Kokako's emphasis on design is extraordinary for a small coffee company. Most producers will hire a good graphic artist (hopefully) to design packaging that matches their product. But Mike and company see great design as a differentiator in the market place and put a premium on design at every level of their company. Their graphics are fresh but design at Kokako ranges much further - into their cafe experience, including their services to help design other food environments, as well as into their creation of the very products themselves. Roasting, for instance, is a design driven process and Kokako's head roaster Chris Unkovich ensures that each blend and single origin coffee they create is conceived and produced with artisanal flair.
In terms of quality, Kokako really stands out in my opinion. Design and sustainability can be just so much hipster-speak, but Mike is determined to produce extraordinary flavour across the board.. Their cocoa to sugar ratio is the highest of any drinking chocolate in the country. Their espresso blends benefit from regular cupping sessions (sampling coffee beans via a range of smelling and tasting procedures) which garner constant feedback from their customers and industry nerds alike. This feedback gets systematized into procedures that maintain the discipline of Kokako's craft. Like in Kokako's Aotea blend, which Mike's roasters describe as having been "selected from three distinct origins of green coffee beans from Fairtrade cooperatives in Papua New Guinea (HOAC), Mexico & Sumatra to create a floral, fruity and earthy blend with a medium acidity. This blend has hints of apricot with a sharp, malty mouthfeel." In fact, Mike loves quality so much that when he finds another outstanding product (like Cosset's whimsical chai syrup pictured below), he distributes it for the small cafe in Mt Albert that dreamed it up because it's simply the best chai around.
The Mediterranean Market loves stocking Kokako's products because we know that behind every box and bag is an intense love of the bean, whether it's cocoa or coffee, and a massive skill set drawing out the very best of the hard work put into growing, harvesting and producing it.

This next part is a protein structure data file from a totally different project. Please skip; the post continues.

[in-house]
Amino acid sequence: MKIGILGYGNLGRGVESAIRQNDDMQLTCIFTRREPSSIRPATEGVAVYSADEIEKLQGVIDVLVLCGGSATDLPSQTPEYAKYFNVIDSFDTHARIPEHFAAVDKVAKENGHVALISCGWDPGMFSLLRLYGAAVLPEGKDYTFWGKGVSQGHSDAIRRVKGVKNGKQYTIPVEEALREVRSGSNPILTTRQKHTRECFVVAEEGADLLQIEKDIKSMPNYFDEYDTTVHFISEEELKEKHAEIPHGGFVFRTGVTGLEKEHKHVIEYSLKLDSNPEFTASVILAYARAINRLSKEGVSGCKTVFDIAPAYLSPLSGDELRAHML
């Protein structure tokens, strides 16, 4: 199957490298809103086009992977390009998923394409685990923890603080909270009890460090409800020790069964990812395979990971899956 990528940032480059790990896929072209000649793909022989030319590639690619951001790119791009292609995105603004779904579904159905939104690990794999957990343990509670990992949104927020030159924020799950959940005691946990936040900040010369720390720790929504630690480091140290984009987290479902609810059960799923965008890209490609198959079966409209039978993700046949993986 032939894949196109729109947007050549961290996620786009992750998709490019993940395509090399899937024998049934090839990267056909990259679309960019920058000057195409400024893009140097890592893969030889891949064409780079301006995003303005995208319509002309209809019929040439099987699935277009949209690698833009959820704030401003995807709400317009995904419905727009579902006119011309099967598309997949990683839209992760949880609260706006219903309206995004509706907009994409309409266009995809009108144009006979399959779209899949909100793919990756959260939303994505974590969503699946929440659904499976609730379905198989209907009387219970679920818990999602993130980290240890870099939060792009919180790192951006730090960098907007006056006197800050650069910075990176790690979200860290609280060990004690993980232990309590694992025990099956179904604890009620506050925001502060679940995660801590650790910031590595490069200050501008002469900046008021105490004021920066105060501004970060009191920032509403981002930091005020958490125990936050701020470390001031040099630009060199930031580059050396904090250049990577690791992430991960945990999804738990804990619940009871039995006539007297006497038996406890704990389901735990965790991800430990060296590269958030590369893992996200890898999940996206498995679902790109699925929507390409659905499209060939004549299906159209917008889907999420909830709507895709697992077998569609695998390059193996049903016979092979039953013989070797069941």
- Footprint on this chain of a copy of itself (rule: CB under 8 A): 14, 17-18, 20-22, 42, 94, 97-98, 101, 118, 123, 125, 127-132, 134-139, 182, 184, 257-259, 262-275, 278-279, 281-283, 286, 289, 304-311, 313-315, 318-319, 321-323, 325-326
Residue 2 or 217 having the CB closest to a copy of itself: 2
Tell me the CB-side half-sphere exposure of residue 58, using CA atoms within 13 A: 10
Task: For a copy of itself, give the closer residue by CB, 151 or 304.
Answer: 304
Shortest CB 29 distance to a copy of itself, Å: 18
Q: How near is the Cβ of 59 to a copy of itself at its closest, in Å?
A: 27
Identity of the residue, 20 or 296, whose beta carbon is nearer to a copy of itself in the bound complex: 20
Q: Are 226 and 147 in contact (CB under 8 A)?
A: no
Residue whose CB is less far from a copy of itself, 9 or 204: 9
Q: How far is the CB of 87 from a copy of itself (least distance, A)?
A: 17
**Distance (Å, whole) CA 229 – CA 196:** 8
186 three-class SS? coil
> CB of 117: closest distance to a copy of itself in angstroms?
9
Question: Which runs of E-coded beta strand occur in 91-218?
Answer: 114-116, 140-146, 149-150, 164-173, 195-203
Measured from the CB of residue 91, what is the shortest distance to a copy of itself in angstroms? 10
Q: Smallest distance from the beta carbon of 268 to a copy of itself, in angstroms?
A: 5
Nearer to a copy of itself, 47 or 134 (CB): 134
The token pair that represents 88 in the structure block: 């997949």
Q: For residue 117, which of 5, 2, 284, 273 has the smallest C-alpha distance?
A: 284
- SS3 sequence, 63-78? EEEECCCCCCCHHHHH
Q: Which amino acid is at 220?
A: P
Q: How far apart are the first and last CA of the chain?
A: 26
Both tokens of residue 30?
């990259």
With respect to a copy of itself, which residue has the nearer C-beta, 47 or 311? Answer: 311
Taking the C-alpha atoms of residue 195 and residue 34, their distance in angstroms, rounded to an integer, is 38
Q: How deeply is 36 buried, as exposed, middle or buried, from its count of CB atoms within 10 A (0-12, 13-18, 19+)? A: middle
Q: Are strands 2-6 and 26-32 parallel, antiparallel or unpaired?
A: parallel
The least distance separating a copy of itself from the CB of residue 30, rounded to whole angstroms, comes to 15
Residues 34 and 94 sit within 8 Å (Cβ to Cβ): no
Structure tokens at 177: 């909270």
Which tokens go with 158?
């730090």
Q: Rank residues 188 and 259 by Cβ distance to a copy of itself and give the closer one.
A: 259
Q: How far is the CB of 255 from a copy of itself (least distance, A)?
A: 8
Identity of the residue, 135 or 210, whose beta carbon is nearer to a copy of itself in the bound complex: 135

Recipe: How to Make a Great Cup of Coffee at Home with a Moka
(which you can also find at the Market)
This beaut, chunky little device was designed in 1933 by Luigi De Ponti and now sits in design museums all over the world, including NYC’s MoMa... and on my stove top. This, along with a simple stove top milk frother (also available at the Market), with which you heat the milk on the stove and then pump it with the mesh top for the desired foam, is all that's needed to produce a fantastic home made espresso. My technique with the moka pot is simple:
• Grind your coffee using the store's grinder set to "espresso".
• Bring some water to just about boiling and pour it into the moka base, filling it up until right below the steam release point.
• Put your coffee in the filter part, filling it to the brim and leveling it off with your finger - no tamping!
• Screw on the top really tightly, then place on the stove over a medium heat with the lid open.
• Watch for the crema and then the coffee oozing out of the central spout. Keep it on the heat until it reaches up to around a third of the container, or starts to bubble, hiss, spit or steam out of the top.
• Remove from the heat, put the lid down and let it finish for another 30 seconds while you get your milk ready.
With freshly roasted Kokako beans and some decent raw Jersey milk (Retro Organics is the best around), I can make as good a latte or flat white at home as most cafes I’ve been.
Who we are
This blog is written by Patrick Dodson and is a collaborative effort from the entire Raeward Fresh team of purchasers, chefs, nutritionists, butchers, grocers, baristas and other food creatives.
Crystal Gardens Lettuce
Chef Dave Miller
Retro Organics Milk
Basil & Parsley
Jenny Lamond Cakes
Canter Valley Turkey
Wanaka Organics Eggs
Chef Anne Halson
Chef Jonathan Rogers
Off Our Tree Cherries
Goodies On The Gorge
The Raeward Fresh Queenstown Kitchen
Kim Malcolm on Coconuts
Cairnmuir Olive Oil
Provisions Jane Shaw
Fix & Fogg Peanut Butter
Make It Raw
Kokako drinking chocolate
Inch Valley Preserves
White Rabbit Cacao
The People' Bread
Weka Olive Oil
White Heart Hazelnuts
Karamaya Black Garlic
Muesli & Co
Soda Press Co
Dr Feelgood Frozen Pops
All Good Drinks
She Universe Chocolates
A Cracker Of A Nut
Raglan Coconut Yoghurt
Pinoli Pine Nuts
Bonnie Goods Oatcakes
Taste of Provence
Tom & Luke Bars
Pure NZ Ice Cream
Clevedon Buffalo Mozzarella
the Kefir company
Pure Wasabi Coppersfolly
Benneto's Drinking Chocolate
Blueskin Bay Honey
Hogarth Craft Chocolate
Something To Crow About
Fresh As dried Foods
Holy Smoke Salmon
Rebel Foods Nutribombs
Vigour & Vitality
East Imperial Tonics
Abel Methode Cider
Wild Fennel Co.
Covet Nut Milks
Tio Pablo Foods
First Light Wagyu
The Chocolate Workshop
For The Better Good